In support of a summary judgment motion, the moving party
has the burden of showing that there is no dispute as to any
genuine issue of fact material to a judgment in its favor as
a matter of law. Cedillo v. International Assoc. of Bridge and
Structural Iron Workers, Local Union No. 1, 603 F.2d 7, 10 (7th
Cir. 1979). The non-moving party is entitled to all inferences
reasonably made in its favor from the evidence presented. Id.
at 11. Moutoux v. Gulling Auto Electric, Inc., 295 F.2d 573,
576 (7th Cir. 1961). After reviewing the evidence presented by
the parties in this case, the Court concludes that there can be
no genuine dispute that the United States is immune from suit
for the asserted negligence of the IM-C van attendants.
It is well settled that the United States cannot be sued
without its consent. United States v. Mitchell, 445 U.S. 535,
538, 100 S.Ct. 1349, 1352, 63 L.Ed.2d 607 (1980); California v.
Arizona, 440 U.S. 59, 61, 99 S.Ct. 919, 921, 59 L.Ed.2d 144
(1979). The consent relied upon by plaintiff in this action is
derived from the Federal Tort Claims Act ("FTCA"). 28 U.S.C. § 1346.
The FTCA does not, however, constitute a waiver of
sovereign immunity for the negligent acts of independent
contractors of government agencies. 28 U.S.C. § 2671. The
primary issue, therefore, is whether the IM-C van attendants,
whose alleged negligence caused the decedent's injury,*fn2
were independent contractors for the VA.
As the Supreme Court has noted in an analogous context,
there is no shorthand formula for determining whether a
particular individual is an agent or independent contractor.
N.L.R.B. v. United Insurance Co. of America, 390 U.S. 254, 258,
88 S.Ct. 988, 990, 19 L.Ed.2d 1083 (1968); Manahan v. Daily
News-Tribune, 50 Ill. App.3d 9, 13-14, 8 Ill.Dec. 659,
365 N.E.2d 1045 (1977). The self-serving characterizations of the
parties are irrelevant. The basic test to be applied in this
case is the extent to which the VA through Hines Hospital
controlled or could control the work of the IM-C attendants
involved here. See Wardle v. Central States, Southeast and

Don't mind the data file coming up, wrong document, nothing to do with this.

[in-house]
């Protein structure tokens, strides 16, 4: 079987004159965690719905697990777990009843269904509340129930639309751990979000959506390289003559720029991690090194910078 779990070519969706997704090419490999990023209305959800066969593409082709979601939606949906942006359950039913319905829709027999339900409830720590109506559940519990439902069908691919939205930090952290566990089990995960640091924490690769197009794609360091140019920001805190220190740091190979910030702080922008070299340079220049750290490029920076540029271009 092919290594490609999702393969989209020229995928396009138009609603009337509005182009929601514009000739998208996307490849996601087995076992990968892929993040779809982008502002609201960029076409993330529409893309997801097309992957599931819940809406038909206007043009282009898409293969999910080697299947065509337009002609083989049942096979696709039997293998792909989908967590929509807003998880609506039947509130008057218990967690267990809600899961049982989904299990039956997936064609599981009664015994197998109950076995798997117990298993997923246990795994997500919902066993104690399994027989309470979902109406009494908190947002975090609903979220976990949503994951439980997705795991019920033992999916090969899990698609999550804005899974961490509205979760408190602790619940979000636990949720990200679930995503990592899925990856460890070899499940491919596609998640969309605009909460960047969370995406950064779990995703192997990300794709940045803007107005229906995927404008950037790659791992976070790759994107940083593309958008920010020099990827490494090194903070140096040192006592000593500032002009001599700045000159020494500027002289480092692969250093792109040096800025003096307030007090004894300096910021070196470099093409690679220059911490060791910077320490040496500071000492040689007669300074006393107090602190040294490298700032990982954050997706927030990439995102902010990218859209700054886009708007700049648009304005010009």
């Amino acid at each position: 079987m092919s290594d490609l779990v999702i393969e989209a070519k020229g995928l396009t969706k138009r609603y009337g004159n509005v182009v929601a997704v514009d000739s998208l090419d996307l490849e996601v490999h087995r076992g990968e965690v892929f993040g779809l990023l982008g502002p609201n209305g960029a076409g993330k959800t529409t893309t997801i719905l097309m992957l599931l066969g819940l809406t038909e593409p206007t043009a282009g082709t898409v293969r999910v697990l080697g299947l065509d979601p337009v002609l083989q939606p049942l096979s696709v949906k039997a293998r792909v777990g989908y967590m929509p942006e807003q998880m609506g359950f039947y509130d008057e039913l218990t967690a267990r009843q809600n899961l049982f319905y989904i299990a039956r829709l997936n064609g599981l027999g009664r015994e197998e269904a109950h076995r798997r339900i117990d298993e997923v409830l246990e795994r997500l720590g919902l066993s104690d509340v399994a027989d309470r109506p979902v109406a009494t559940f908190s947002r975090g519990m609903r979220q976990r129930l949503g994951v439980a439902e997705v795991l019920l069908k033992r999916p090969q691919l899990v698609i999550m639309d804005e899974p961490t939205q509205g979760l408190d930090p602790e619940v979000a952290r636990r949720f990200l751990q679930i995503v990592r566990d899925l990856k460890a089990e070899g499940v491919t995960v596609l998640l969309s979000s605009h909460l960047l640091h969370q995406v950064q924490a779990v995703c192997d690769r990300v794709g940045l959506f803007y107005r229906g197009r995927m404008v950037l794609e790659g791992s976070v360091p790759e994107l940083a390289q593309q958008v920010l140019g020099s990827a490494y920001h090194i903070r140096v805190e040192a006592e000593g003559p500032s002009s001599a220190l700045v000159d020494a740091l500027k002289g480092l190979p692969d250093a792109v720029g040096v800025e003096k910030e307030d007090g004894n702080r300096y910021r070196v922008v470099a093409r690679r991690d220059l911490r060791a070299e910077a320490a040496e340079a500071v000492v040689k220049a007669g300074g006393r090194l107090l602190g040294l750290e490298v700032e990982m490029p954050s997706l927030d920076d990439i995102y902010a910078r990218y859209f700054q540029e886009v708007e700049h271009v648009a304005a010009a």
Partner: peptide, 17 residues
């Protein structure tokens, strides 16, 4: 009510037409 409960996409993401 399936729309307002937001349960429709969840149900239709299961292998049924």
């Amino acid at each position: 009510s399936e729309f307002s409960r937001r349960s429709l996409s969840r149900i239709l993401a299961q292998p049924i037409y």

Southwest Areas Pension Fund, 627 F.2d 820, 824 (7th Cir.
1980), cert. denied, 449 U.S. 1112, 101 S.Ct. 922, 66
L.Ed.2d 841 (1981); Torrence v., Chicago Tribune Co., Inc.,
535 F. Supp. 743 (N.D.Ill. 1981).
The contract between IM-C and the VA establishes the
independent contractor status of IM-C employees. Under the
terms of that contract, the VA simply reserved the right to
furnish "technical guidance and advice or generally supervise
the work to be performed," Contract, p. 8., and the right to
"inspect and investigate" the operations of IM-C. Contract, p.
10. Although reservation of the right to supervise the work is
not irrelevant to this Court's determination, it does not
describe the kind of control necessary to establish an agency
relationship. The VA did not reserve the right to control the
day-to-day "details and means" by which the contractor's work
was to be accomplished. Wardle, supra at 824. See also Logue v.
United States, 412 U.S. 521, 528, 93 S.Ct. 2215, 2219, 37
L.Ed.2d 121 (1973). Accordingly, there is no basis on which
this Court can reasonably infer that an agency relationship
Even a cursory review of the relationship between the
parties supports this conclusion. IM-C is a separate business
entity providing ambulance service to a variety of patients
and hospitals not covered by the contract at issue here.
Government's Exhibit No. 1 Unlike most agency relationships,
this contract provides that IM-C is alone responsible for all
injuries resulting from its own negligence, Contract, pp. 8,
11, and requires IM-C to procure and maintain its own
workman's compensation, employer's
liability, general liability and automobile liability
insurance coverage. Contract, p. 12. In light of these
circumstances, there can be no genuine dispute that IM-C was
an independent contractor of the United States. Accordingly,
the United States is immune from suit on those allegations
relating specifically to the negligence of IM-C and its
Plaintiff's complaint also alleges rather vaguely that the
decedent's injury and subsequent death was proximately caused
by the VA's own failure "to properly supervise the loading of
the decedent and his wheelchair into the van." Complaint,
¶ 6.d. Treating defendant's motion on this issue as a motion to
dismiss, the Court has construed plaintiff's allegation in the
light most favorable to the plaintiff. Mathers Fund, Inc. v.
Colwell Co., 564 F.2d 780, 783 (7th Cir. 1977). Nonetheless, it
is clear that plaintiff can prove no set of facts in support of
this claim which would entitle her to the relief requested.
Cruz v. Beto, 405 U.S. 319, 322, 92 S.Ct. 1079, 1081, 31
L.Ed.2d 263 (1972).
The United States is, of course, liable for the negligence
of its own agents under the FTCA. As a matter of law, however,
the VA cannot be found negligent for its failure to supervise
the loading of the decedent into the van in the absence of a
legal duty to conduct such supervision. Plaintiff has not
alleged nor will this Court infer the existence of such a
duty.*fn4 Accordingly, defendant's motion to dismiss on this
issue must be granted.
For the foregoing reasons, defendant's motion for summary
judgment is granted with regard to the negligence of IM-C and
IM-C's employees. Defendant's motion to dismiss without
prejudice is granted with regard to the negligence of the VA
through Hines Hospital. It is so ordered.